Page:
Remember, you are already bendy if you’re hypermobile, so your goal isn’t to stretch, it’s to stabilise! Try to resist aiming for your end of range when stretching, instead go for around 80%. (Only you know where that point is, so attention is vital!). When you go for maximum stretch you’ve gone beyond the point of being able to support the joint through muscular engagement. When you dump pressure on your joints like that, you’re effectively stretching ligaments and tendons in an intense way. Gradually the overstretched connective tissues can no longer support the bones and function of the joint collapses.
Stabilise the Pose
Engage the muscles you’re stretching and this prevents overstretching – simply because you can’t stretch a muscle that’s not relaxed! This resistance stops hyperextention because you’re unable to go any further into the stretch and therefore dump into the joints. For example, in a seated forward try pulling your heels towards your sit bones to resist full hamstring stretch range.
Just using a little bit of muscular intervention can really help and you can support your flexibility from the deep muscles in your body. Your intention should be to maintain your range of motion and joint function, whilst using strength.
Bend Your Joints
Try keeping a minute bend in your elbows and knees for poses that are weight bearing. If you’re in plank, take a micro-bend in the arms to stop you from dumping into your elbow joint, instead forcing your arm muscles to activate. In standing poses like triangle, watch that your knees aren’t pushing back at an angle beyond 180 degrees (you’ll know because they’ll look like they are bowing). If your leg is straight, then press hard down into the ball of your foot and unlock the knee joint by putting a tiny bend in it. The pose becomes more challenging, but you’re building up strength to help your joints keep stable, which is exactly what you want!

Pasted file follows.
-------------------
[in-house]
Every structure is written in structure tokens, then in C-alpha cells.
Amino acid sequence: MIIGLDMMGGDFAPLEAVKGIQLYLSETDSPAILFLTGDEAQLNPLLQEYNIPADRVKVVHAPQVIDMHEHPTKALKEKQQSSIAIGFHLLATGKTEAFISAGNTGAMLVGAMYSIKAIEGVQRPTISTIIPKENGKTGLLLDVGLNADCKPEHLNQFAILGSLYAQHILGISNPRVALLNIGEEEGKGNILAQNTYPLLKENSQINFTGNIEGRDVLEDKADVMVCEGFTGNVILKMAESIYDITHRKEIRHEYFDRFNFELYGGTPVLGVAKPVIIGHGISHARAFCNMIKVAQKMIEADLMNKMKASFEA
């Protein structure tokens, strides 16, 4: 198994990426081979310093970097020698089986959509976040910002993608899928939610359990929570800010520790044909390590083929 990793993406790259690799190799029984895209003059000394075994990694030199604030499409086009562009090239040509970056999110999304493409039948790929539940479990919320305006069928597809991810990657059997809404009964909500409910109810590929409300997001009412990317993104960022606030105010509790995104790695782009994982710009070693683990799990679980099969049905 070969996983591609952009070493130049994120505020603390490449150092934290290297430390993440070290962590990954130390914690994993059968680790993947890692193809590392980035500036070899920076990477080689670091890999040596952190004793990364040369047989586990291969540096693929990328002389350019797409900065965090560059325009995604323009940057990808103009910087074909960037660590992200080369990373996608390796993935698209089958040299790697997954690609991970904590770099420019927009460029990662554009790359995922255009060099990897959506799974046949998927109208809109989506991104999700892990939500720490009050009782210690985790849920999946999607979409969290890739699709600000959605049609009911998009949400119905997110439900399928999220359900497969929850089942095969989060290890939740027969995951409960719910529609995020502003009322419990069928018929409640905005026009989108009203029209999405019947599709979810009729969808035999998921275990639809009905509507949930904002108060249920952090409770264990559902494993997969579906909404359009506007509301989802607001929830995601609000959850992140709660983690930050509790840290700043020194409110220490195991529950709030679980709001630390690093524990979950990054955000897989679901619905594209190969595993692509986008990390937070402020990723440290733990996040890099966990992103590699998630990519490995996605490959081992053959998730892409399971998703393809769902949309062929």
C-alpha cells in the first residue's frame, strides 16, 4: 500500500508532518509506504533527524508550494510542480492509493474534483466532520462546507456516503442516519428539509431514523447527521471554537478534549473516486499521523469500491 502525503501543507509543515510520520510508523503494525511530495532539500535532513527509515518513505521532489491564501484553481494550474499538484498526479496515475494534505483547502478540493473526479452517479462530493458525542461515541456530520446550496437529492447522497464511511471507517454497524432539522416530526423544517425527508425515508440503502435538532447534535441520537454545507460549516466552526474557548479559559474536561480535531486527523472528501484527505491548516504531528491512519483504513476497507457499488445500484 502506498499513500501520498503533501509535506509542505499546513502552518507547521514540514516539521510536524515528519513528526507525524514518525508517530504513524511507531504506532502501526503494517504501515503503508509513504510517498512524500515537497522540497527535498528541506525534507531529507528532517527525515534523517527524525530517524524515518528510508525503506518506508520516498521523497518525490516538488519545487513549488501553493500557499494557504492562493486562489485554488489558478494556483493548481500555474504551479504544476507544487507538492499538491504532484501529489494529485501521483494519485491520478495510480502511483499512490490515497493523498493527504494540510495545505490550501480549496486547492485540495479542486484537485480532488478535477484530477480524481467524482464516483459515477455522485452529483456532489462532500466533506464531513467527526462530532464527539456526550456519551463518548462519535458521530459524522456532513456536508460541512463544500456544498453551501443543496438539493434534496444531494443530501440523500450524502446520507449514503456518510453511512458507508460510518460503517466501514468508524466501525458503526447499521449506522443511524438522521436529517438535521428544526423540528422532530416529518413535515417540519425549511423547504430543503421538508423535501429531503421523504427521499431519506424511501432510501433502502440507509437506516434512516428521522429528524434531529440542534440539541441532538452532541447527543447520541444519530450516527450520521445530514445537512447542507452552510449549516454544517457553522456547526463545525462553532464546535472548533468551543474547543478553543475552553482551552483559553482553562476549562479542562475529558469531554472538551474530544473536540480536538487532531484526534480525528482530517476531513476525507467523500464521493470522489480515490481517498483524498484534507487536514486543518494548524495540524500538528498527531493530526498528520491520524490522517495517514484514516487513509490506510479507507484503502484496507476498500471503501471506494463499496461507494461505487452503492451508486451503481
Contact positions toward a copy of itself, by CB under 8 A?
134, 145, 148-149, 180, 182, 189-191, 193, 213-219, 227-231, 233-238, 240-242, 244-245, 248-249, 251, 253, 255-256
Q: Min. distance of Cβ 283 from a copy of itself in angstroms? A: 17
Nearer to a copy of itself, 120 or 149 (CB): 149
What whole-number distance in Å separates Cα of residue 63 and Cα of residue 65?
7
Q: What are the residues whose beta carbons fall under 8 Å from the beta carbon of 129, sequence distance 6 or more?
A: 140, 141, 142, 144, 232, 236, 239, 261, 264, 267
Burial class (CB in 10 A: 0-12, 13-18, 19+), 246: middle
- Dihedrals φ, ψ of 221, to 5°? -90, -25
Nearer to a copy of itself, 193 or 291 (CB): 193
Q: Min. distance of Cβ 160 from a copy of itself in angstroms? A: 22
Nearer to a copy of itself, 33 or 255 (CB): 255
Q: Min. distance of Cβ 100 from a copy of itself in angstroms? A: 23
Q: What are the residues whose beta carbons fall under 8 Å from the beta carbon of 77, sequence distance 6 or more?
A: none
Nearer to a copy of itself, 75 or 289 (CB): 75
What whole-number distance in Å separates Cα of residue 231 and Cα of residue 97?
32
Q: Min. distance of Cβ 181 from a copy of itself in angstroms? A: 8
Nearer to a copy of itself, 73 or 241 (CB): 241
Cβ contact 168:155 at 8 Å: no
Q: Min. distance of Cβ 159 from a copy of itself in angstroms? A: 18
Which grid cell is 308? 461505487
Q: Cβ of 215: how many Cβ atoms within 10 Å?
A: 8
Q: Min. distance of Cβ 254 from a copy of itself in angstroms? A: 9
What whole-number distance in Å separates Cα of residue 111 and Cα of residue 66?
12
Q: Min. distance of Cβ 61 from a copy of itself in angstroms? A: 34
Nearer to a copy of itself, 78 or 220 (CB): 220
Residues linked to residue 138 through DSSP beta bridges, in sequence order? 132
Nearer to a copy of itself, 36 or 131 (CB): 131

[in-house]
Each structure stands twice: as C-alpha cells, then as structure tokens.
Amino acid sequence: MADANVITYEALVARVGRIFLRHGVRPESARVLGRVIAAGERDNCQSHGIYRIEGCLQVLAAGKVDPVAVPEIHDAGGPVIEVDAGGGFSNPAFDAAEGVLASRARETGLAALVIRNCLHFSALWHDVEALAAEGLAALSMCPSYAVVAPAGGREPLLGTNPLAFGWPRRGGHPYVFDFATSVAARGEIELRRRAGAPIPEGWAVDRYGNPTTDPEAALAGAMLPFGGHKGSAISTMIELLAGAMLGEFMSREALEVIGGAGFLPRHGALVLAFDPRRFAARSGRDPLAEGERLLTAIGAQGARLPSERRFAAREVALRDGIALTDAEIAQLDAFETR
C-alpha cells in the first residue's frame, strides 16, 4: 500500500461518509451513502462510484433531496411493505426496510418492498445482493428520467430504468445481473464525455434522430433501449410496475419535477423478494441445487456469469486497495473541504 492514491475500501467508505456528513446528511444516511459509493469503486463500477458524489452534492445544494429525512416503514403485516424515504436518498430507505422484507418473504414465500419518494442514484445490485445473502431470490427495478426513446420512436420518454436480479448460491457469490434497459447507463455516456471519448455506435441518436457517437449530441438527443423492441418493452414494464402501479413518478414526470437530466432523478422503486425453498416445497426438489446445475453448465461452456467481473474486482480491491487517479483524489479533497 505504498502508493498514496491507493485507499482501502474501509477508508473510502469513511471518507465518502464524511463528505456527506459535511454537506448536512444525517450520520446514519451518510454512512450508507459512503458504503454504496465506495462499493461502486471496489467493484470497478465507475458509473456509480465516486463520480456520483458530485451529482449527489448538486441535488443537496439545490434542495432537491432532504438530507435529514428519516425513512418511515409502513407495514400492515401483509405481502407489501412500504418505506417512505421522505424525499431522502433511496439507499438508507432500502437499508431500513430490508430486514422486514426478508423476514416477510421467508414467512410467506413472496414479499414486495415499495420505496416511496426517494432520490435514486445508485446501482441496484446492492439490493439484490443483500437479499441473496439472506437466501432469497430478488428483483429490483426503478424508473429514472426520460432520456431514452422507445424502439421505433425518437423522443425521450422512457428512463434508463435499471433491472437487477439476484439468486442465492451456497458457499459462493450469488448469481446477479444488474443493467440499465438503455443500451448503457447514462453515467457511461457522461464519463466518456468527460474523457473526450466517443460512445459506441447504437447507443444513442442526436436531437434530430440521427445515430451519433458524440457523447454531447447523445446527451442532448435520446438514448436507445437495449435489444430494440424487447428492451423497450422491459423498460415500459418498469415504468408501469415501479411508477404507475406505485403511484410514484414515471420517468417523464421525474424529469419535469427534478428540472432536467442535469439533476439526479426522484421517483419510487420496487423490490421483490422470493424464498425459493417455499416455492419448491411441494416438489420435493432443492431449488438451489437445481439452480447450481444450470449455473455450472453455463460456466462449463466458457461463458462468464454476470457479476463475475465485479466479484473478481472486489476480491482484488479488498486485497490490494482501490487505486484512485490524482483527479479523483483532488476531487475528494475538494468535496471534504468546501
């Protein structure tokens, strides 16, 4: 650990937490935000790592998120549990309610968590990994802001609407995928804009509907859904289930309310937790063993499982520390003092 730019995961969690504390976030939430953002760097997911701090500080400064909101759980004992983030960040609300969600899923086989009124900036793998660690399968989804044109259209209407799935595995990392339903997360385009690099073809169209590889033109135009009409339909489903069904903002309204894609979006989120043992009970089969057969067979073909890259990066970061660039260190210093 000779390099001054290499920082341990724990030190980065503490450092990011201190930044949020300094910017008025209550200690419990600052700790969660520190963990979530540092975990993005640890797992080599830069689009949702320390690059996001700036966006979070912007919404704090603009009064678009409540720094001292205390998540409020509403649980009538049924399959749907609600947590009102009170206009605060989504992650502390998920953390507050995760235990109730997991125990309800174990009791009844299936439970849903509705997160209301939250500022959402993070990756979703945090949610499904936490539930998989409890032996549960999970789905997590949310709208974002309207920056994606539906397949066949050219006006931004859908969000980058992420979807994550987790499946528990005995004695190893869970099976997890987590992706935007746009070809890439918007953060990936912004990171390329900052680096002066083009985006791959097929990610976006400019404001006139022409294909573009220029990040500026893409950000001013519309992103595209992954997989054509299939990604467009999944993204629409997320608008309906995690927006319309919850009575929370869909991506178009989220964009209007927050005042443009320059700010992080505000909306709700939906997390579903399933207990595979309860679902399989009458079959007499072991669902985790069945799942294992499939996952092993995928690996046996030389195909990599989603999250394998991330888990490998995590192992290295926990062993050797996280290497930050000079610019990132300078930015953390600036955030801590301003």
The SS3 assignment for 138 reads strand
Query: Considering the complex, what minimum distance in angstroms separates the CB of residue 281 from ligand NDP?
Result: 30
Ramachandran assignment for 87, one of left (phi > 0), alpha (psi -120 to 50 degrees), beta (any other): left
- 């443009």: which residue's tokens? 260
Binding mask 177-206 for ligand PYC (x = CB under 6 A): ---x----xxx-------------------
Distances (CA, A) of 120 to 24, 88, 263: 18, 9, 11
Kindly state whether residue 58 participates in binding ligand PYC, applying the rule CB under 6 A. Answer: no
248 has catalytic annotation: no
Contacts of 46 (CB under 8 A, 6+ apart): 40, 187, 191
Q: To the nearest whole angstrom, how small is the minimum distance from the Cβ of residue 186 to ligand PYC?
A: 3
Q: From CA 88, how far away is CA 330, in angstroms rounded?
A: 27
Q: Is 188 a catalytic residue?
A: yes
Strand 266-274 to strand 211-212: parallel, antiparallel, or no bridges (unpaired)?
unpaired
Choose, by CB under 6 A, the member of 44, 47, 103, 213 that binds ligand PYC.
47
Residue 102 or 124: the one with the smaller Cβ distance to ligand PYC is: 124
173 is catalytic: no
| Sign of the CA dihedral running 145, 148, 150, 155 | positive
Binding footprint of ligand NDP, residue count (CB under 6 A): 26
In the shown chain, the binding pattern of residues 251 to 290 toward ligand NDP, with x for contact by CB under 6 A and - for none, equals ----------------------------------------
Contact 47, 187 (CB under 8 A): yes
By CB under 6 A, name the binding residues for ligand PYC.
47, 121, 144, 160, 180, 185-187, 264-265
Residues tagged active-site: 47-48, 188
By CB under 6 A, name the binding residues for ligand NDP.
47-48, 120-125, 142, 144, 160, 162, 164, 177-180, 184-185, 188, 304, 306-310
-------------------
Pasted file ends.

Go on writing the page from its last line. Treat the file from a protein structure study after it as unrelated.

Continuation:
Knees are weight bearing joints which can be very hard to correct if things go wrong! It’s especially important to keep muscles around the knees nice and strong. In standing bent knee poses like Warrior 2 or Extended side angle pose, keep the alignment exact with the knee over the ankle and press the weight down through your front heel. This activates the glutes (bottom) and reduces the pull on the quadriceps. For standing straight leg poses like half-moon or pyramid, keep the weight pressing down in the ball of the foot, so as to activate the hamstrings. This creates that microbend in the knee joint avoiding the hyper extension.
Avoid Yin Yoga
If you have hypermobility, it’s probably best you stay away from yin yoga, as this is focused on joints and increasing connective tissue length! Hatha or vinyasa flow are good options for you.
Finally – try to remember, the goal of yoga is not how good we are at asana (poses). The goal of yoga is to live a more peaceful, connected existence. We use our bodies simply as a tool to navigate us toward a calmer mind and ego should not play a part in this! Through a yoga practice we aim to increase concentration and find mental discipline, so what better way to do that than have full awareness and control over our bodies?
Try a yoga class in Guildford this Autumn & Winter at Mary Ann Weeks Aveda. Our hand selected teachers are some of the best in the area and all are keen to help you develop a practice to suit your body and needs.